Activists said militants have burned at least five buses assigned to evacuate wounded and sick people from two villages in northern Syria.  (Syrian Arab News Agency via AP)

Evacuation efforts in Syria were on the verge of fresh collapse Sunday, with thousands of people trapped inside the shattered rebel enclave of Aleppo after gunmen burned a rescue convoy bound for government areas in a neighboring province.

The Britain-based Syrian Observatory for Human Rights said evacuations were postponed for an “unknown” period, deepening abject suffering inside eastern Aleppo as the United Nations thrashed out ways to resolve the crisis.

After more than three hours of closed consultations, France and Russia said Sunday that they had agreed on a U.N. Security Council resolution to deploy international monitors to eastern Aleppo to ensure safe evacuations and immediate delivery of humanitarian aid.

Negotiations to revive a complicated exit deal for civilians and fighters in Aleppo have broken down repeatedly since forces loyal to Syrian President Bashar al-Assad forced the rebels’ effective surrender there last week, amid abuses by government and rebel loyalists along the evacuation routes.

And Sunday, hours after the International Committee of the Red Cross said it was hopeful that evacuations could resume, a fresh hurdle emerged: Video footage from the northwestern province of Idlib showed smoke and fire billowing from a convoy of repurposed school buses bound for Fouaa and Kefraya, Shiite villages besieged by rebels that have taken on great symbolic importance for Syrian President Bashar al-Assad and his Iranian backers. Islamist fighters had set fire to the buses, which were sent to evacuate hundreds of wounded people from those government-held villages.

Iran, a Shiite power, had demanded that the area be evacuated as part of the broader deal allowing thousands of people to leave what remains of the rebel-held eastern areas of Aleppo. 

“You pigs are here to help Shiites. You won’t leave alive,” a man is heard saying off camera in one of the video clips. Although the identity of the attackers is not clear, reports suggest that they had the backing of Jabhat Fatah al-Sham, an al-Qaeda-linked Sunni group with significant influence in Idlib.

“Cowardly terrorist attack on civilian buses & killing driver must not end evacuations,” Jan Egeland, a humanitarian adviser to the United Nations, said Sunday in a tweet.

In another video, the militants appeared on camera, chanting that the attack had restored the “dignity of Aleppo’s besieged people.”

But inside the rebel enclave in Aleppo, desperate residents said it only brought more misery, with thousands awaiting evacuation in freezing temperatures as night fell.

The enclave has been reduced to a pinprick of territory after government forces swept in earlier this month, backed by heavy bombing raids. 

The compromise struck Sunday between Russia, an Assad ally that is helping him with troops and weapons, and France offers hope to the beleaguered residents of eastern Aleppo, many of whom are wary of leaving the area unless international observers monitor the evacuations. On Friday, a bus carrying hundreds of evacuees was held up by pro-government militia fighters who were later accused of ordering dozens of people off the bus and then stripping, robbing and reportedly killing several in the group.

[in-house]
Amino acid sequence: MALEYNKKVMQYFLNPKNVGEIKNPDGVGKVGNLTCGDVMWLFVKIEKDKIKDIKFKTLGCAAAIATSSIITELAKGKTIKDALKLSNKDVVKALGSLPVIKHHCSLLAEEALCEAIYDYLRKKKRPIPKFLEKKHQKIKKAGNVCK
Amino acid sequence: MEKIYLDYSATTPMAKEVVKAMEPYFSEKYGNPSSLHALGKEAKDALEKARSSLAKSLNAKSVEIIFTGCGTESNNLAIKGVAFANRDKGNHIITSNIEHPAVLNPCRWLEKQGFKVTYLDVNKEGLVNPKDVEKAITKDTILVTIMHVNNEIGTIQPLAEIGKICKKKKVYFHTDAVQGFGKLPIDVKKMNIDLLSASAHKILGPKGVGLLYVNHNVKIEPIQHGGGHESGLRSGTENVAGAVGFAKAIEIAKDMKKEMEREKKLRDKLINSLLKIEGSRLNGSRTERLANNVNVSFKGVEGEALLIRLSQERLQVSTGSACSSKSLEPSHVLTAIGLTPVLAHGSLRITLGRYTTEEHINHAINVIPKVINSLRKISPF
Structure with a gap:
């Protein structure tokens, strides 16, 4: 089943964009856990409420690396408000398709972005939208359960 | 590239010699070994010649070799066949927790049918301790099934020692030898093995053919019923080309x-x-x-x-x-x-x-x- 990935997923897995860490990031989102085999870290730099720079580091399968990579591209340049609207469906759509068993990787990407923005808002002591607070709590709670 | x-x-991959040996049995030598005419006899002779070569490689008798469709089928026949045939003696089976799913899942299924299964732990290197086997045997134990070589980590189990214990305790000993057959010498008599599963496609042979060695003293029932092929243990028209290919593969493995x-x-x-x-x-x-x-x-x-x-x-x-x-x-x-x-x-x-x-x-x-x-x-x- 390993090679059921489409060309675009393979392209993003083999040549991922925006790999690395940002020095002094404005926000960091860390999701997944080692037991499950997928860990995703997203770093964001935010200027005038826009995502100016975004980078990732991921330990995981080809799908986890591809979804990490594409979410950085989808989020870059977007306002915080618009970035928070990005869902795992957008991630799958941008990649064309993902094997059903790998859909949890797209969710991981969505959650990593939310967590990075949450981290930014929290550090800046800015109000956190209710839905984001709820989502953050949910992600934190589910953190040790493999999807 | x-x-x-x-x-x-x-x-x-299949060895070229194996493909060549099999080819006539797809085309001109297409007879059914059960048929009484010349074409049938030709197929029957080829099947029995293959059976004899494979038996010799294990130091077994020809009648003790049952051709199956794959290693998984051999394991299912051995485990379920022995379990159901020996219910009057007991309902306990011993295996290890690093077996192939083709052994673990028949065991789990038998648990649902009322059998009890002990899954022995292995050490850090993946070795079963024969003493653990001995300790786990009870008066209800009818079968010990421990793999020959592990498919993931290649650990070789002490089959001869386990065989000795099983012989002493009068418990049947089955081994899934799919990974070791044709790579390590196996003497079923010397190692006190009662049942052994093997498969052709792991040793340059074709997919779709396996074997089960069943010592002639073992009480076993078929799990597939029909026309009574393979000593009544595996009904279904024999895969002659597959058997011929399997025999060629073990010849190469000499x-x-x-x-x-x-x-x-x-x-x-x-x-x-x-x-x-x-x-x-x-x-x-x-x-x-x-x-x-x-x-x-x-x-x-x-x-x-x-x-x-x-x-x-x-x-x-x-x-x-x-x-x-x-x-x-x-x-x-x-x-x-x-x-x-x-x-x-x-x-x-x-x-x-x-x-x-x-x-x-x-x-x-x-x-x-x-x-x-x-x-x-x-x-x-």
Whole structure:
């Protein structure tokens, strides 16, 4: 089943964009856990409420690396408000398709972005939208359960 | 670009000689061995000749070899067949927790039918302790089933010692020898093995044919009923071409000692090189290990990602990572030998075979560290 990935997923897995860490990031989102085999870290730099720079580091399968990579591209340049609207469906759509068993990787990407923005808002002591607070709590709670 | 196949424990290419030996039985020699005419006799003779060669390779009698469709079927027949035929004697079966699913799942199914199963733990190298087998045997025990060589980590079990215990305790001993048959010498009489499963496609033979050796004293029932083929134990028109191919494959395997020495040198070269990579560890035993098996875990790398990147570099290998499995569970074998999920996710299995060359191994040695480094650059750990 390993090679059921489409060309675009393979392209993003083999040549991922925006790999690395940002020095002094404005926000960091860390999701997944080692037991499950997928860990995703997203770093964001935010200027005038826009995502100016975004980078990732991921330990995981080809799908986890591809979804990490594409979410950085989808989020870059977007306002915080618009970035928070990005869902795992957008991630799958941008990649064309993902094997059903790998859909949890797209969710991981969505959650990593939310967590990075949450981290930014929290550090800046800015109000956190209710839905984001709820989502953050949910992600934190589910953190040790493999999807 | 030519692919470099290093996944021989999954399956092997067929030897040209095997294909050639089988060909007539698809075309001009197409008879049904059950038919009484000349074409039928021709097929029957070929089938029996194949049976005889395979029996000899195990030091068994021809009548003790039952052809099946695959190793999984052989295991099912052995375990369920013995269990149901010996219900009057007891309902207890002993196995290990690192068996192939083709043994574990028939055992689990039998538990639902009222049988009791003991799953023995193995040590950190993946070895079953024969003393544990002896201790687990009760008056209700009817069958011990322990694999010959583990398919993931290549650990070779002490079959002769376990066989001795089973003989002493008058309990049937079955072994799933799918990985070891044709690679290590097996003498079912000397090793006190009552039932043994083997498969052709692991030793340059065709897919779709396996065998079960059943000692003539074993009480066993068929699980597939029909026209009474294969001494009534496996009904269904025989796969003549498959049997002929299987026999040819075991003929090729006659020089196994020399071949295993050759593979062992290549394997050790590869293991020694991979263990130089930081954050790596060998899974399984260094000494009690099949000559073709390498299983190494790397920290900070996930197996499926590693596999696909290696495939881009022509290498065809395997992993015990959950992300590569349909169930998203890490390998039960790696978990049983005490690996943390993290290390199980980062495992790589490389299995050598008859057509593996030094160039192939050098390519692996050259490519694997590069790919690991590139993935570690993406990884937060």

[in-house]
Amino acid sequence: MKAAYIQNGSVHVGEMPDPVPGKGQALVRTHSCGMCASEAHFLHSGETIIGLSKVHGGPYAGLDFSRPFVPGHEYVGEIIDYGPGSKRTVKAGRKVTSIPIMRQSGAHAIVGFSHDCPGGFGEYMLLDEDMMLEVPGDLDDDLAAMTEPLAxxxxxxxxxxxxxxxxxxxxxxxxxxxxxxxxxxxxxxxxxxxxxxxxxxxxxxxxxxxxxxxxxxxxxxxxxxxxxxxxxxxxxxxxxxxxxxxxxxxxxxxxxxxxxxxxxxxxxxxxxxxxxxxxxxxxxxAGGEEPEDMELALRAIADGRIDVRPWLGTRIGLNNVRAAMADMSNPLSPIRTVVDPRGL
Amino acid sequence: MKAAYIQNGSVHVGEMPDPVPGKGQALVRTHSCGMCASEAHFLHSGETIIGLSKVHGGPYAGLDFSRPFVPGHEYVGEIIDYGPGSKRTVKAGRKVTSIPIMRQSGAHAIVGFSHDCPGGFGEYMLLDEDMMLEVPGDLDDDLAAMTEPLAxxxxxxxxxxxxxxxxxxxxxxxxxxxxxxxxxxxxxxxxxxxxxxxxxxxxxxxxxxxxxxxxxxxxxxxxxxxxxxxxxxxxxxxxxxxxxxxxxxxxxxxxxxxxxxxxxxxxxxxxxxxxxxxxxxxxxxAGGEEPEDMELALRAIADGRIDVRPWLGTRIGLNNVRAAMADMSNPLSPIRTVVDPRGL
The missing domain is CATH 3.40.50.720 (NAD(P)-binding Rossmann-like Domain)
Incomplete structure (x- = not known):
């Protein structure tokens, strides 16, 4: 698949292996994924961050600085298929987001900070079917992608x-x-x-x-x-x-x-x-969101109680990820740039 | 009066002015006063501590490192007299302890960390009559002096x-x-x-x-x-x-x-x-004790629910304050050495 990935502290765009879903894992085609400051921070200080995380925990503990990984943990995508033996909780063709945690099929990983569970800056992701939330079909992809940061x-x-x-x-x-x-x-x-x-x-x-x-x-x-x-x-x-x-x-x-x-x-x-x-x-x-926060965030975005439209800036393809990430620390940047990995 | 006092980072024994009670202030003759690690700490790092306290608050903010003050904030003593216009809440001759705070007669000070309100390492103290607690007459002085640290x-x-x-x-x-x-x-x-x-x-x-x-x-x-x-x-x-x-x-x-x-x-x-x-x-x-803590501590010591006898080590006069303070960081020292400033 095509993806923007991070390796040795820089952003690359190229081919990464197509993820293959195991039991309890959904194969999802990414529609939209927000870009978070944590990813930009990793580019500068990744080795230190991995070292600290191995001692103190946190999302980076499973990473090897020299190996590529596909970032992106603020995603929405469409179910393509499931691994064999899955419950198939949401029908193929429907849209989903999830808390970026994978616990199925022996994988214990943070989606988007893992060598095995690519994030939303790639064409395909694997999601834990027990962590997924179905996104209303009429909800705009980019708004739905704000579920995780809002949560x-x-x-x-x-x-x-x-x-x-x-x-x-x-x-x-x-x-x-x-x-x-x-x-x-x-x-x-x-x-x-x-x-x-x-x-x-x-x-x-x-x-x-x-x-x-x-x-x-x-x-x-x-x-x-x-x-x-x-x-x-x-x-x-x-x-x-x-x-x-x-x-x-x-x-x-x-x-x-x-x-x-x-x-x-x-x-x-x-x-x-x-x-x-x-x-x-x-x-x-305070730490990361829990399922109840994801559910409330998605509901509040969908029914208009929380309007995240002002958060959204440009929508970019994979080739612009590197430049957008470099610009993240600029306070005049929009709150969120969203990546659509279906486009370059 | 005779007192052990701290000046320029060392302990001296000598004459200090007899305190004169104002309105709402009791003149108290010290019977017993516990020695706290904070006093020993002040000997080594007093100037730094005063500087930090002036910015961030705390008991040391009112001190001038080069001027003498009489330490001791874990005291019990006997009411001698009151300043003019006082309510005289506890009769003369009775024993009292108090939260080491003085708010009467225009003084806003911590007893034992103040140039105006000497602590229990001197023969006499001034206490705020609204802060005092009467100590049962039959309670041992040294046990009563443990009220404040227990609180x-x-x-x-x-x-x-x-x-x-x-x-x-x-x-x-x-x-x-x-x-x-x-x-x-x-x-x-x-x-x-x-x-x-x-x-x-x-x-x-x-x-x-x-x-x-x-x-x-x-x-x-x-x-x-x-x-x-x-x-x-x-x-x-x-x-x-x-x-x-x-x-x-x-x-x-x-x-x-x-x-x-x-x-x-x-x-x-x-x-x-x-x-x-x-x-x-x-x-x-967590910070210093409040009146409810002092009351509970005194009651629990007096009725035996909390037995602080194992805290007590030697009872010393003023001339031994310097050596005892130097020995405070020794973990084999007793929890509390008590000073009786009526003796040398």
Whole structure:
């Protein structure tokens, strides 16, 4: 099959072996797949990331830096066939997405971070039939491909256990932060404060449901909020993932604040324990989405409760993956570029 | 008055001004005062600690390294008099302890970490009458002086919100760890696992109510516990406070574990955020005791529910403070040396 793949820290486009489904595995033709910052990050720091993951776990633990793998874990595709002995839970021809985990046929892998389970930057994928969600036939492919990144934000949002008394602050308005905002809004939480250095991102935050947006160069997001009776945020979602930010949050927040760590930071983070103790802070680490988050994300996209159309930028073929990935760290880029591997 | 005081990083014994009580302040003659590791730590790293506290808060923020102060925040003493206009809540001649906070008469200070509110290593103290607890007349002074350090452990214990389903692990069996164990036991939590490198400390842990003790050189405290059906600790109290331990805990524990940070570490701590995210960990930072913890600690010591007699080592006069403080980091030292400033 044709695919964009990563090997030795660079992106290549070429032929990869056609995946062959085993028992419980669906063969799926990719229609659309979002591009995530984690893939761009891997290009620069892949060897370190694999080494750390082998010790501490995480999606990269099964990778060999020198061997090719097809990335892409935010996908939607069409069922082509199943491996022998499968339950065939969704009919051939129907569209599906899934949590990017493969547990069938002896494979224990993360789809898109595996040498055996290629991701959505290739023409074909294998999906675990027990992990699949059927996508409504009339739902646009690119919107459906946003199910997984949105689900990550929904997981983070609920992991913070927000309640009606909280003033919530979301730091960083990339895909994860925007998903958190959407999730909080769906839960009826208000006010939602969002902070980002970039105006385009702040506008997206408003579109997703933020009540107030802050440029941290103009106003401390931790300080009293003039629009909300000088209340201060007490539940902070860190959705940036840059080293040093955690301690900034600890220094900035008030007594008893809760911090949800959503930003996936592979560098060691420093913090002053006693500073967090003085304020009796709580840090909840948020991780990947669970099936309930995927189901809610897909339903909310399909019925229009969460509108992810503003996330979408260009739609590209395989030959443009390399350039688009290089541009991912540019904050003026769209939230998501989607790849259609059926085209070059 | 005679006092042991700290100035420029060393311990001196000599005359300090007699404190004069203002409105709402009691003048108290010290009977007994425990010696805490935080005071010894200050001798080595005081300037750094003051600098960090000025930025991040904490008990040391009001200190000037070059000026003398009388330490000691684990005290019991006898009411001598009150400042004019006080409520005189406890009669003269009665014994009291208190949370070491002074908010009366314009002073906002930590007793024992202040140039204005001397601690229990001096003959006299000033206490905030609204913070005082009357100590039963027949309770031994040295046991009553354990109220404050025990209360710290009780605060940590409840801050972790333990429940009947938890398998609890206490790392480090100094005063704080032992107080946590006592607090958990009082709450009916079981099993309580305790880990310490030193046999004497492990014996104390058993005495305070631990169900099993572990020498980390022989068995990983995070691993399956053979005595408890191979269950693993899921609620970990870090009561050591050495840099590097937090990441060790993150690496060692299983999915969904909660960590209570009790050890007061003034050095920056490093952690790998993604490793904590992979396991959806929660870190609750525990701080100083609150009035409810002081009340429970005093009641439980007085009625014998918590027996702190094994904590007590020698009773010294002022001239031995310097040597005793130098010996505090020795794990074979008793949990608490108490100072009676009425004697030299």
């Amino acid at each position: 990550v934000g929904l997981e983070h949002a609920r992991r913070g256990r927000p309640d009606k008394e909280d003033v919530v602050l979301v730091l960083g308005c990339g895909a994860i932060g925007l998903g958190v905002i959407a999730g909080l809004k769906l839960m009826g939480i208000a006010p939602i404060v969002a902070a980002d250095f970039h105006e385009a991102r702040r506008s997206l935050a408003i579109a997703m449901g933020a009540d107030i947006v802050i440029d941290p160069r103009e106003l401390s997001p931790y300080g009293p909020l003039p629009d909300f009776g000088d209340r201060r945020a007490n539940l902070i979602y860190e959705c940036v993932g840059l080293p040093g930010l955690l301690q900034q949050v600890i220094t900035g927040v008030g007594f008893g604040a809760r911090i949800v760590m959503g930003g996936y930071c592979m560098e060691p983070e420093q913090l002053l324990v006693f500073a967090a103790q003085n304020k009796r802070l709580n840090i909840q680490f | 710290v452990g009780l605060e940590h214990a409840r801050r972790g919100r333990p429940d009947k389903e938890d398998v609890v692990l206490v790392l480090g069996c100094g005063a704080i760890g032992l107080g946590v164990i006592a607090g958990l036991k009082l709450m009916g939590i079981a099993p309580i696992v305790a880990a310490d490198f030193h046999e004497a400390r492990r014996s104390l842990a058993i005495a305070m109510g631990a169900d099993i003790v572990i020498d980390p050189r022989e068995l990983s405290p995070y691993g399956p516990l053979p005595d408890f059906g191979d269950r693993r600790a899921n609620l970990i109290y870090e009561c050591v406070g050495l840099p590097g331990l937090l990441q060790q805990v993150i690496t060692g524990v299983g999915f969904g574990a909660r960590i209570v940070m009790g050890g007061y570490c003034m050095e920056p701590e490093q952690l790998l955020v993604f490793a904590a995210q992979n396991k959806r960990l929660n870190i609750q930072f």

“Tell me, what do we do, what choices do we have?” said Ahmed al-Mashadi, an engineer in eastern Aleppo. “If we leave, we risk death or humiliation in front of the people we love. But if we stay here? That is death, too.”

The United Nations also accused Syrian government troops and a Shiite militia from Iraq last week of carrying out house-to-house executions as they swept through the area.

Samantha Power, the U.S. ambassador to the United Nations, told reporters Sunday that there had been “many, many reports of people being pulled off buses and disappeared, whether into conscription or into torture chambers or killed outright.”

After earlier disagreements, France and Russia said Sunday that they had agreed to the text of a draft Security Council resolution that would allow about 100 U.N. observers to deploy quickly to the area. A vote was expected Monday.

François Delattre, France’s ambassador to the United Nations, said the resolution, if formally approved, could prevent “mass atrocities.” 

The announcement followed a statement last week from Jean-Marc Ayrault, France’s foreign minister, who decried the situation in Syria as “an affront to the human conscience.” 

“There is, now more than ever, an urgent need to put an end to the hostilities in Aleppo,” Ayrault said. “The regime’s supporters, starting with Russia, cannot let this happen and accept a strategy based on revenge and systematic terror without running the risk of becoming accomplices to the crimes.”

When rebels seized eastern Aleppo from the government in 2012, they had hoped to create a seat of power to rival the Syrian capital, Damascus. Four years on, Aleppo’s recapture by government forces has accelerated the demise of the armed opposition, which will now be boxed inside Idlib without any strategic urban centers under its control.

James McCauley in Paris contributed to this report.